By Ben Jeffrey
BBC News Online
Birmingham is playing host to one of this year's most important athletics events - but are tomorrow's stars inspired by the World Indoor Athletics Championships?
Will Birmingham's children get a taste for glory?
The city of Birmingham - already proud of its rich history as a centre for industry - is also gaining a growing reputation for excellence in athletics.
Triple-jumper Ashia Hansen and sprinters Mark Lewis-Francis and Daniel Caines are from, or have close links with, the city.
And on Friday its stunning National Indoor Arena (NIA) will be the venue for the World Indoor Athletics Championships.
Now the hope among sports officials in Birmingham is that the presence of local stars at the event will have a further impact on West Midlands athletics.
You would think that we would have first pickings when it comes to tickets, but we don't
Keith Holt, Birchfield Harriers
Many of the facilities for Birmingham to produce the next generation of gold medal winners are already in place.
At Birchfield Harriers, where Hansen, Lewis-Francis and Caines all train, Birmingham has one of the UK's most famous athletics clubs.
And these are comparatively prosperous times for the sport, with an injection of lottery cash helping to pay for the recently-completed £3.3m High Performance Centre, next to the Harriers' Alexander Stadium home.
Keith Holt, the club's schools liaison manager, is in no doubt the games will act as a huge spur to local children to take up athletics.
"You see it presented in the form of a World Championship and it excites them," he said.
"We get parents of youngsters on the phone saying: 'What can you do for our sons?' It definitely acts as a magnet."
Birmingham has some excellent facilities
The governing body for the sport, UK Athletics, certainly recognises the pulling power of major events such as the World Indoor Athletics Championships.
Abigail Ashby, a talent spotter at UK Athletics, said that the recent launch of the Birmingham Talent Identification Academy - a scheme to uncover promising young athletes - was purposely scheduled to coincide with the championships.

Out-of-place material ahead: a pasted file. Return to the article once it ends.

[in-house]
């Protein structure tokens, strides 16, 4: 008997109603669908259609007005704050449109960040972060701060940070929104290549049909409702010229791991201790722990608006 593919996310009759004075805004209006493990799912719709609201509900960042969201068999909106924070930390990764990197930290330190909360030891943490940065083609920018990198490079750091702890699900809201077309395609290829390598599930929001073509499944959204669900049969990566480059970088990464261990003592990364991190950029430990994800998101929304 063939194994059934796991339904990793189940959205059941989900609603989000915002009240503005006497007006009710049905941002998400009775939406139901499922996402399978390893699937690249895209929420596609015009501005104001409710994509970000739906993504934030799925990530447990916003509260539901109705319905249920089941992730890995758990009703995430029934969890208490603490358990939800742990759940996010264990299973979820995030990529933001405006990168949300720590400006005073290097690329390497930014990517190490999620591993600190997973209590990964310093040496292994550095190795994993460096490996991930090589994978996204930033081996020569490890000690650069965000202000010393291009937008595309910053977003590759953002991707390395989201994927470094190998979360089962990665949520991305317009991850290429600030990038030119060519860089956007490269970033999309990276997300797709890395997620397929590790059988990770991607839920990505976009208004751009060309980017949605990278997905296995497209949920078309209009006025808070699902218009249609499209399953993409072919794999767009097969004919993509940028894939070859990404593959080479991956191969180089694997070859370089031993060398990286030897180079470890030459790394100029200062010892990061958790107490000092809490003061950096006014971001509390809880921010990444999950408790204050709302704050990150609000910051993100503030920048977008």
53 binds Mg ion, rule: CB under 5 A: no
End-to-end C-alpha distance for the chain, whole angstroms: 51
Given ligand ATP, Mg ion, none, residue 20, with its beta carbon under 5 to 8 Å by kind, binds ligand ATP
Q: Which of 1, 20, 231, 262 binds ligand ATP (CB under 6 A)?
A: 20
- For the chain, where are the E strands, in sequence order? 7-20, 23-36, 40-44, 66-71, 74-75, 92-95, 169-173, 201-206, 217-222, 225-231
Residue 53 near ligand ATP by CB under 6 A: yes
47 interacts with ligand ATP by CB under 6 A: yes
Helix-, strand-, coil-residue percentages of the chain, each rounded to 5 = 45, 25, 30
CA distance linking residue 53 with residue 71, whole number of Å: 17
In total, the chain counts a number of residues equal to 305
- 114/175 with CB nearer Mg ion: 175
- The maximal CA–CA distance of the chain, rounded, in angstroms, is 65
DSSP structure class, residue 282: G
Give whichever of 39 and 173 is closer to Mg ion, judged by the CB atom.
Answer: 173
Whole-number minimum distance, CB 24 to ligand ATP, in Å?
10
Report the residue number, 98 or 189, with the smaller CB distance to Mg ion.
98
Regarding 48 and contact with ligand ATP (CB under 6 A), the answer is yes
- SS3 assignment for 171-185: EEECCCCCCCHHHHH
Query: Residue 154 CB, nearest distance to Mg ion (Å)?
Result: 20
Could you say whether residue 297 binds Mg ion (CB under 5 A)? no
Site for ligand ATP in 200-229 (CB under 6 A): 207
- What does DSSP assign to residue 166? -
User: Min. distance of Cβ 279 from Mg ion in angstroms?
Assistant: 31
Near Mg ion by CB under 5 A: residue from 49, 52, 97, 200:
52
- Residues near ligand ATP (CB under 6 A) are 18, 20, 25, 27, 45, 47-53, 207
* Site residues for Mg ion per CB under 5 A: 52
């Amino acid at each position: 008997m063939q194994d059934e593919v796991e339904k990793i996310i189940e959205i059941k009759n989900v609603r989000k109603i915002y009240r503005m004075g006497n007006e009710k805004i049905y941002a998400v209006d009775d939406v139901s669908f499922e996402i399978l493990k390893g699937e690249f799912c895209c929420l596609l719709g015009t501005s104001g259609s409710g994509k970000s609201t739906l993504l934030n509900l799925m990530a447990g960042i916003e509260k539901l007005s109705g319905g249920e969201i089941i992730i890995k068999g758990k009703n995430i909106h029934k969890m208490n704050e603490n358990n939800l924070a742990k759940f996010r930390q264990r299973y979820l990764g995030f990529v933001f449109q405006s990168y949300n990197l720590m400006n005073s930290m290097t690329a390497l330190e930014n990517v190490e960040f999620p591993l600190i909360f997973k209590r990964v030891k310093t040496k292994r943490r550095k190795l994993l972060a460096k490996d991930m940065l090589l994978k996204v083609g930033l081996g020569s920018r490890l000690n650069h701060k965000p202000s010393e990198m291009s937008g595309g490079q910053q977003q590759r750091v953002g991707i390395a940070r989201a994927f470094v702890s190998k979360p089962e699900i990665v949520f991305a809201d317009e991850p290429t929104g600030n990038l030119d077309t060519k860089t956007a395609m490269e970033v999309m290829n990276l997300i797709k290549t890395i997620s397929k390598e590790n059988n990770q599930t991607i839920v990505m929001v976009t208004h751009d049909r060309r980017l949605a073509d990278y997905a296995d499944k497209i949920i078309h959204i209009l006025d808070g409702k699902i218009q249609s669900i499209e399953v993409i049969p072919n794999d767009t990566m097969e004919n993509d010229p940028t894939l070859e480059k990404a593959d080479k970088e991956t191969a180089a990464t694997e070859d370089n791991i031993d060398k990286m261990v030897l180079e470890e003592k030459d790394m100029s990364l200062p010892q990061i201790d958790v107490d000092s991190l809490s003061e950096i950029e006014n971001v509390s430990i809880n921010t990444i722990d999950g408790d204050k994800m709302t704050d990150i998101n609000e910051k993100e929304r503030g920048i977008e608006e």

The initiative is already proving successful, with a number of promising juniors coming to train at the High Performance Centre under the watchful eye of experienced coaches.
But if any of those children hope to see their local heroes in perform in the flesh during the championships, they are likely to be disappointed.
Keith Holt explained that even the most promising young athletes at Birchfield Harriers cannot be guaranteed a seat at the NIA.
"You would think that we would have first pickings when it comes to tickets, but we don't," he said.
Daniel Caines is from Solihull
"The club has a certain number, but we have a responsibility to our sponsors."
With room for only about 15,000 people to attend the championships, there simply is not the capacity to meet demand, although there is extensive coverage of the games on BBC Two.
But as Mr Holt revealed, in the case of Mark Lewis-Francis, it was not Linford Christie's exploits at the '92 Barcelona Olympics that inspired him to knock on the door of the Birchfield Harriers, but pure luck.
"He happened to drive past the entrance to the club and thought, 'I'll have a look in there' - really it was quite fortunate.
"We try to capture talent when we see it, but we've got to see it, and that's the problem we're trying to address at the moment," Mr Holt added.
Nevertheless, he expects the phones at Birchfield Harriers to "go crazy" during and immediately after the games.
He added: "The big challenge is in keeping the kids afterwards."